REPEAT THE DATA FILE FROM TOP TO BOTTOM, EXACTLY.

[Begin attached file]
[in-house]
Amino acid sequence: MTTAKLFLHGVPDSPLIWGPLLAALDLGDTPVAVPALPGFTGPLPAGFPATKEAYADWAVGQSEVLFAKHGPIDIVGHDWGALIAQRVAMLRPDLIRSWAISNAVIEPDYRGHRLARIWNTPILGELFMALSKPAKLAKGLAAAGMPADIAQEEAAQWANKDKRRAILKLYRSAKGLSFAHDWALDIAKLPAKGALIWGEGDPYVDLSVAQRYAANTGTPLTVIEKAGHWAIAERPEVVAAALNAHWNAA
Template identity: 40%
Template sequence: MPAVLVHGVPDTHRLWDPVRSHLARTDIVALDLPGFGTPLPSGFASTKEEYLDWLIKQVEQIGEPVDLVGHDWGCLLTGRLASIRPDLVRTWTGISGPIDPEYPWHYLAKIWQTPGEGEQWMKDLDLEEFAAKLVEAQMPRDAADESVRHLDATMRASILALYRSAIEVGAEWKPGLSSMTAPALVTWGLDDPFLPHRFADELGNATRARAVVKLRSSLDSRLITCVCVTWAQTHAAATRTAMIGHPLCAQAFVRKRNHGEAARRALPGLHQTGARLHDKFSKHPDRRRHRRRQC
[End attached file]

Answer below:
[in-house]
Amino acid sequence: MTTAKLFLHGVPDSPLIWGPLLAALDLGDTPVAVPALPGFTGPLPAGFPATKEAYADWAVGQSEVLFAKHGPIDIVGHDWGALIAQRVAMLRPDLIRSWAISNAVIEPDYRGHRLARIWNTPILGELFMALSKPAKLAKGLAAAGMPADIAQEEAAQWANKDKRRAILKLYRSAKGLSFAHDWALDIAKLPAKGALIWGEGDPYVDLSVAQRYAANTGTPLTVIEKAGHWAIAERPEVVAAALNAHWNAA
Template identity: 40%
Template sequence: MPAVLVHGVPDTHRLWDPVRSHLARTDIVALDLPGFGTPLPSGFASTKEEYLDWLIKQVEQIGEPVDLVGHDWGCLLTGRLASIRPDLVRTWTGISGPIDPEYPWHYLAKIWQTPGEGEQWMKDLDLEEFAAKLVEAQMPRDAADESVRHLDATMRASILALYRSAIEVGAEWKPGLSSMTAPALVTWGLDDPFLPHRFADELGNATRARAVVKLRSSLDSRLITCVCVTWAQTHAAATRTAMIGHPLCAQAFVRKRNHGEAARRALPGLHQTGARLHDKFSKHPDRRRHRRRQC